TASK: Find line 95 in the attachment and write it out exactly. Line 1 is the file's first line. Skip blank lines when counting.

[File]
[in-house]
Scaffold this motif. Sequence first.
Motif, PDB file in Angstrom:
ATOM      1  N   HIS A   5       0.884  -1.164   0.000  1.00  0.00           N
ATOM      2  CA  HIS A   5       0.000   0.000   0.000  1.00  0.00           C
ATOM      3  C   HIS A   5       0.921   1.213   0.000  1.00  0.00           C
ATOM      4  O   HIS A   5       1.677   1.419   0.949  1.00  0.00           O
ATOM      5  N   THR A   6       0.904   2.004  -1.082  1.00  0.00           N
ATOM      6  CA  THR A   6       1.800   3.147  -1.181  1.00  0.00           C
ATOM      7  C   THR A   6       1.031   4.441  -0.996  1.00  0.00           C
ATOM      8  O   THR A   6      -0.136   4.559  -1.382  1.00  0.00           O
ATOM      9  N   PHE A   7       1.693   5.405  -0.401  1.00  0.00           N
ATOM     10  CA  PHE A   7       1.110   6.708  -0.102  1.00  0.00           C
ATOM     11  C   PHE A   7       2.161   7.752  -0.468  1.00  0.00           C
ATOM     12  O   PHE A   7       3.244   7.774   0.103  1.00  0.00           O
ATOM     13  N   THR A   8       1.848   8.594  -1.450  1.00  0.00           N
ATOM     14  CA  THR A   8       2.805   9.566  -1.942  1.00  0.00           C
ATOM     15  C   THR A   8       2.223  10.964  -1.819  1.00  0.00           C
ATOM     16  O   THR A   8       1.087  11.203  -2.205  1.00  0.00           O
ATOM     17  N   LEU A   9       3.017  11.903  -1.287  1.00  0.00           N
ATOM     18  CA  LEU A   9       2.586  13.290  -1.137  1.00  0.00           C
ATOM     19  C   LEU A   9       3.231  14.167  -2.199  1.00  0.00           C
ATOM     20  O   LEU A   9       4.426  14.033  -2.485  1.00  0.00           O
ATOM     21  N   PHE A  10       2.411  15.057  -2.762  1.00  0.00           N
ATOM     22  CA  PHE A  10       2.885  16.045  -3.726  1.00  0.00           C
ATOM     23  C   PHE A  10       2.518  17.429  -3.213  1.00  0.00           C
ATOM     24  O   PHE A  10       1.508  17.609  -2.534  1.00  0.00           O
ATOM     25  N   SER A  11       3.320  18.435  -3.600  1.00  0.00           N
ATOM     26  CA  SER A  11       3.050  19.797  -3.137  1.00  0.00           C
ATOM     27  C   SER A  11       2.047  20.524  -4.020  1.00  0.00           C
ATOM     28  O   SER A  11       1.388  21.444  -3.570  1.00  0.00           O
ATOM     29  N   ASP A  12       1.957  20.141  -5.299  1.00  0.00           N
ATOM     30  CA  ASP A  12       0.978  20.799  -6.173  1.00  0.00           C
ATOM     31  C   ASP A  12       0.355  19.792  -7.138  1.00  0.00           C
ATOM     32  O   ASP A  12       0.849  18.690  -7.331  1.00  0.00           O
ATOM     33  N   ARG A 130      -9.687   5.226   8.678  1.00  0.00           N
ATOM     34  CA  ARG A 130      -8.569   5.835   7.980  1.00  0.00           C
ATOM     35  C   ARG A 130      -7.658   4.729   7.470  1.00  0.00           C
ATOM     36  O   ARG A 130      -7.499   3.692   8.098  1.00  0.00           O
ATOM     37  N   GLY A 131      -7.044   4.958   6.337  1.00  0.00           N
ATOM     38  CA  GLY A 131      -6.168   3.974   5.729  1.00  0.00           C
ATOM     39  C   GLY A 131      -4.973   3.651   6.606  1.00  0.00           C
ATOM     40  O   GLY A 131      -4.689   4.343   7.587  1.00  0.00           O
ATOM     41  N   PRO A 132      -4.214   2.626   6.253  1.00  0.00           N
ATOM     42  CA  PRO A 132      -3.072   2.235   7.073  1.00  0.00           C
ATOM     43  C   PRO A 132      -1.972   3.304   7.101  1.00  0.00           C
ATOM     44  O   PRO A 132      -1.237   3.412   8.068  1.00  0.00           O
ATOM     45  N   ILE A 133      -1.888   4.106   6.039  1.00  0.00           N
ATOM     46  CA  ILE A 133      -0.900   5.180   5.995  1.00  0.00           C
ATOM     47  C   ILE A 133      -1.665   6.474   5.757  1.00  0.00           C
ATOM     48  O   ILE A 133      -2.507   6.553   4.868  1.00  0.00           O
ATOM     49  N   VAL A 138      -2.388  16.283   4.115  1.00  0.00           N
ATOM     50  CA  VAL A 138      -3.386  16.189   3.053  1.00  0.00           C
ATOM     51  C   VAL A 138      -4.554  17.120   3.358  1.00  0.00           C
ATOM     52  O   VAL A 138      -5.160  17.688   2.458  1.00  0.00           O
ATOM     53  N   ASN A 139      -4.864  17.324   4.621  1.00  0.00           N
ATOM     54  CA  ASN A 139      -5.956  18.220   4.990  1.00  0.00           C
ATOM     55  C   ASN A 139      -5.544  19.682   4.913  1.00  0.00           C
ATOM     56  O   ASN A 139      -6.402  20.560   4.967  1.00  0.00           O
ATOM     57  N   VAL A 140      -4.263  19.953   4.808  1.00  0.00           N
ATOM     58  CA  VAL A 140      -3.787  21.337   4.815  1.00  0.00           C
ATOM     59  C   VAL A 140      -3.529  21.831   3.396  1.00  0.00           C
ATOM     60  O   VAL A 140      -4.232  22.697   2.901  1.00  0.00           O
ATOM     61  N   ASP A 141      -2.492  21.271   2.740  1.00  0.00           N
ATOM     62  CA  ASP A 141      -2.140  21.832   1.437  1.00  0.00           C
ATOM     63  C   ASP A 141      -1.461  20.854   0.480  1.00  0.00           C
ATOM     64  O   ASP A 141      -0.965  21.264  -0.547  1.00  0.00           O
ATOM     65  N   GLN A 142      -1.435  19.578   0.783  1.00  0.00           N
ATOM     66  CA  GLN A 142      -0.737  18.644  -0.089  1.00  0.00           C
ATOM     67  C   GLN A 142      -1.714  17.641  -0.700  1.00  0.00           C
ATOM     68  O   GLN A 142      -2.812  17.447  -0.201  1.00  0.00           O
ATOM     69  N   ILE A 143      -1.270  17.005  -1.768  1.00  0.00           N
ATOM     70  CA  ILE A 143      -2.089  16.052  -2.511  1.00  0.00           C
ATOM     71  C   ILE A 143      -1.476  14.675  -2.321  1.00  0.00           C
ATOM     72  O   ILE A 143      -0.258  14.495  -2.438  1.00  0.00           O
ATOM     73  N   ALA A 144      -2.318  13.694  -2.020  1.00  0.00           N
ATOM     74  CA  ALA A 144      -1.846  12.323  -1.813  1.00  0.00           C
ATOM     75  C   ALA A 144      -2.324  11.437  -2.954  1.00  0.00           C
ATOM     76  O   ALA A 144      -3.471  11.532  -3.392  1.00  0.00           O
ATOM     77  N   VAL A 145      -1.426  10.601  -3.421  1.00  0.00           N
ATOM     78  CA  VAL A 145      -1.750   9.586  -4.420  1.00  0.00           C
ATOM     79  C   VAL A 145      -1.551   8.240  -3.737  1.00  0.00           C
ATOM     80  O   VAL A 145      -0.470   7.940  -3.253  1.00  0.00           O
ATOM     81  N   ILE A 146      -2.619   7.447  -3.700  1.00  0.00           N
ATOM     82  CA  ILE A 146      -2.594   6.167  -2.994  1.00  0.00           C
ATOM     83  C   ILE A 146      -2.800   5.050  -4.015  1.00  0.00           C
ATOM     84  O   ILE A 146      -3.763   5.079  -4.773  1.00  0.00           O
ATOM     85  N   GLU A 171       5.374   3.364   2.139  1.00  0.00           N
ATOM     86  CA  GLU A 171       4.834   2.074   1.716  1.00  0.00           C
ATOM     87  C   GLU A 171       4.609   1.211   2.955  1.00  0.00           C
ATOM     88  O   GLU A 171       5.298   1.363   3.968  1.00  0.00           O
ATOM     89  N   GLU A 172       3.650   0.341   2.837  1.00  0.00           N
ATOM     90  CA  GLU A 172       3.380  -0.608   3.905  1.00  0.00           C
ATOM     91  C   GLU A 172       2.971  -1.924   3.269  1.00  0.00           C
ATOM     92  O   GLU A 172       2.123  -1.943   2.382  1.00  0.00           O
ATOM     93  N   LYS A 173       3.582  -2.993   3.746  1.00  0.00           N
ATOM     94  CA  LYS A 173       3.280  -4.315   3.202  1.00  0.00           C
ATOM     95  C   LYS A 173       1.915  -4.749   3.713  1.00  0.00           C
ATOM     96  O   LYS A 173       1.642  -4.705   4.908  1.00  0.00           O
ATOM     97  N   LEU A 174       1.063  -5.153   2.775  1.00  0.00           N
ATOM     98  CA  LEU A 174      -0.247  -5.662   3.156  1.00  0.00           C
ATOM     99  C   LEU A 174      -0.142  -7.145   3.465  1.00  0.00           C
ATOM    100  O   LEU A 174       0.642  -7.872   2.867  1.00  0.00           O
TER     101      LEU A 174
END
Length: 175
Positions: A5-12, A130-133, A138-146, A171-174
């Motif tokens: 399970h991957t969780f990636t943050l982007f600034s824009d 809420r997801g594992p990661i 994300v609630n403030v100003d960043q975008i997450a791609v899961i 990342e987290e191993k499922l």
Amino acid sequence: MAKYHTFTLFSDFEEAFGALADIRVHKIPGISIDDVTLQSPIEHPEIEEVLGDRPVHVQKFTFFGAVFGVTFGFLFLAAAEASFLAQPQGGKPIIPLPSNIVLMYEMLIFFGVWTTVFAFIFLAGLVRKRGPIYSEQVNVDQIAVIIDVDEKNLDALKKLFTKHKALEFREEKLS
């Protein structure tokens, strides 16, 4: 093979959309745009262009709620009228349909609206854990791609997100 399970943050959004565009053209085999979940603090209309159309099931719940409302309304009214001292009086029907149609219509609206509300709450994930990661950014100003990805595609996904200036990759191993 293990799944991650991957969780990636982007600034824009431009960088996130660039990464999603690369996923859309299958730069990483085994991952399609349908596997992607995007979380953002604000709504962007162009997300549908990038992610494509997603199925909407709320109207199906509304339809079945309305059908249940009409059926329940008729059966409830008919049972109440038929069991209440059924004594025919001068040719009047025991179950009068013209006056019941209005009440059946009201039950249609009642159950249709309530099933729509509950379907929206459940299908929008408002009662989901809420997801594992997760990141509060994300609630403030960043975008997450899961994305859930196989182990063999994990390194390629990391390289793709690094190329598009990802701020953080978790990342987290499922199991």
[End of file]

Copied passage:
ATOM     92  O   GLU A 172       2.123  -1.943   2.382  1.00  0.00           O